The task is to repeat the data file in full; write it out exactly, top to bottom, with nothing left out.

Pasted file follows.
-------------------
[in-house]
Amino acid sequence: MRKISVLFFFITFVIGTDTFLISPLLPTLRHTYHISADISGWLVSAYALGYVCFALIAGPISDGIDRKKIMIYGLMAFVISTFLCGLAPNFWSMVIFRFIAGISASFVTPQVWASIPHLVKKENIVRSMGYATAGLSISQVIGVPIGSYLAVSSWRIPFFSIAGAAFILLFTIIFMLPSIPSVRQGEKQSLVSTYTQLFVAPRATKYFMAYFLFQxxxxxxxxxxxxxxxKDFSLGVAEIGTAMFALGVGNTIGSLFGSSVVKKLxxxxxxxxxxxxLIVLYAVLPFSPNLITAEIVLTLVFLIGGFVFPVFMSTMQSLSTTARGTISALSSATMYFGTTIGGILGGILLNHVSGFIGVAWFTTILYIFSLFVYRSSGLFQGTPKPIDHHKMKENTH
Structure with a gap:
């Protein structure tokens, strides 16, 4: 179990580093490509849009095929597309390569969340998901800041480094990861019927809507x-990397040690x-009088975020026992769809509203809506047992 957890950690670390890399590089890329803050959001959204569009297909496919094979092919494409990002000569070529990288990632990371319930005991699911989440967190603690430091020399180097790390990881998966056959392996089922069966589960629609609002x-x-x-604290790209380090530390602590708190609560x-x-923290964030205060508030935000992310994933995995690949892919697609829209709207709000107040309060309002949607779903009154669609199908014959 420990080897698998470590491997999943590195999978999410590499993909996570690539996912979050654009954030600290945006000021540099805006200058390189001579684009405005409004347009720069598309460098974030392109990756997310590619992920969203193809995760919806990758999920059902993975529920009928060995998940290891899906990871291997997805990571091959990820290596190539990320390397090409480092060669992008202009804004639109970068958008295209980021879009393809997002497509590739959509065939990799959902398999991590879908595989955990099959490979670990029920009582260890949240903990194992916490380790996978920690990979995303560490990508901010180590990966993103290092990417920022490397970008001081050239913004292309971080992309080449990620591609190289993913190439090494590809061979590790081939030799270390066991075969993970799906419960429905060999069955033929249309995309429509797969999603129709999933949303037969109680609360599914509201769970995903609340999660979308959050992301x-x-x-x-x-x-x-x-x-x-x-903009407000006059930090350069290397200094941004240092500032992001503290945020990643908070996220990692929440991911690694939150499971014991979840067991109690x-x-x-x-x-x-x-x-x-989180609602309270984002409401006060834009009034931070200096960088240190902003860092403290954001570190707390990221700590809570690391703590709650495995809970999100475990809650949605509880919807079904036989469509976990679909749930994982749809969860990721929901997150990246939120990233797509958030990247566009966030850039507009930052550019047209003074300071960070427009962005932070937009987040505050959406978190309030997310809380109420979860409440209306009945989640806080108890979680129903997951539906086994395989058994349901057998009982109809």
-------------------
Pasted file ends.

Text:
[in-house]
Amino acid sequence: MRKISVLFFFITFVIGTDTFLISPLLPTLRHTYHISADISGWLVSAYALGYVCFALIAGPISDGIDRKKIMIYGLMAFVISTFLCGLAPNFWSMVIFRFIAGISASFVTPQVWASIPHLVKKENIVRSMGYATAGLSISQVIGVPIGSYLAVSSWRIPFFSIAGAAFILLFTIIFMLPSIPSVRQGEKQSLVSTYTQLFVAPRATKYFMAYFLFQxxxxxxxxxxxxxxxKDFSLGVAEIGTAMFALGVGNTIGSLFGSSVVKKLxxxxxxxxxxxxLIVLYAVLPFSPNLITAEIVLTLVFLIGGFVFPVFMSTMQSLSTTARGTISALSSATMYFGTTIGGILGGILLNHVSGFIGVAWFTTILYIFSLFVYRSSGLFQGTPKPIDHHKMKENTH
Structure with a gap:
């Protein structure tokens, strides 16, 4: 179990580093490509849009095929597309390569969340998901800041480094990861019927809507x-990397040690x-009088975020026992769809509203809506047992 957890950690670390890399590089890329803050959001959204569009297909496919094979092919494409990002000569070529990288990632990371319930005991699911989440967190603690430091020399180097790390990881998966056959392996089922069966589960629609609002x-x-x-604290790209380090530390602590708190609560x-x-923290964030205060508030935000992310994933995995690949892919697609829209709207709000107040309060309002949607779903009154669609199908014959 420990080897698998470590491997999943590195999978999410590499993909996570690539996912979050654009954030600290945006000021540099805006200058390189001579684009405005409004347009720069598309460098974030392109990756997310590619992920969203193809995760919806990758999920059902993975529920009928060995998940290891899906990871291997997805990571091959990820290596190539990320390397090409480092060669992008202009804004639109970068958008295209980021879009393809997002497509590739959509065939990799959902398999991590879908595989955990099959490979670990029920009582260890949240903990194992916490380790996978920690990979995303560490990508901010180590990966993103290092990417920022490397970008001081050239913004292309971080992309080449990620591609190289993913190439090494590809061979590790081939030799270390066991075969993970799906419960429905060999069955033929249309995309429509797969999603129709999933949303037969109680609360599914509201769970995903609340999660979308959050992301x-x-x-x-x-x-x-x-x-x-x-903009407000006059930090350069290397200094941004240092500032992001503290945020990643908070996220990692929440991911690694939150499971014991979840067991109690x-x-x-x-x-x-x-x-x-989180609602309270984002409401006060834009009034931070200096960088240190902003860092403290954001570190707390990221700590809570690391703590709650495995809970999100475990809650949605509880919807079904036989469509976990679909749930994982749809969860990721929901997150990246939120990233797509958030990247566009966030850039507009930052550019047209003074300071960070427009962005932070937009987040505050959406978190309030997310809380109420979860409440209306009945989640806080108890979680129903997951539906086994395989058994349901057998009982109809």